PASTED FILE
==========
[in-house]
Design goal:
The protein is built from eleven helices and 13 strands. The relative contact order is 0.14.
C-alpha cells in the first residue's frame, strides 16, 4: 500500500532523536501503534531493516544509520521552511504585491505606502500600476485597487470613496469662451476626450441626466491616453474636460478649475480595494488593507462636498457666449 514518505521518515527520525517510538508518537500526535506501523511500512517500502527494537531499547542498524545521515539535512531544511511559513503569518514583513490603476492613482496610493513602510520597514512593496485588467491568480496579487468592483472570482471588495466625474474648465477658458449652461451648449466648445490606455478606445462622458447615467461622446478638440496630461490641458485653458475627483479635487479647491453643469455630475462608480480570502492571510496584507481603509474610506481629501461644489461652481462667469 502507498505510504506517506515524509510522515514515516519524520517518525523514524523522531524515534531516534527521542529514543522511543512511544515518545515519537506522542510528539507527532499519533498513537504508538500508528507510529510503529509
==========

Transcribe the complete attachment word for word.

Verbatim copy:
[in-house]
Design goal:
The protein is built from eleven helices and 13 strands. The relative contact order is 0.14.
C-alpha cells in the first residue's frame, strides 16, 4: 500500500532523536501503534531493516544509520521552511504585491505606502500600476485597487470613496469662451476626450441626466491616453474636460478649475480595494488593507462636498457666449 514518505521518515527520525517510538508518537500526535506501523511500512517500502527494537531499547542498524545521515539535512531544511511559513503569518514583513490603476492613482496610493513602510520597514512593496485588467491568480496579487468592483472570482471588495466625474474648465477658458449652461451648449466648445490606455478606445462622458447615467461622446478638440496630461490641458485653458475627483479635487479647491453643469455630475462608480480570502492571510496584507481603509474610506481629501461644489461652481462667469 502507498505510504506517506515524509510522515514515516519524520517518525523514524523522531524515534531516534527521542529514543522511543512511544515518545515519537506522542510528539507527532499519533498513537504508538500508528507510529510503529509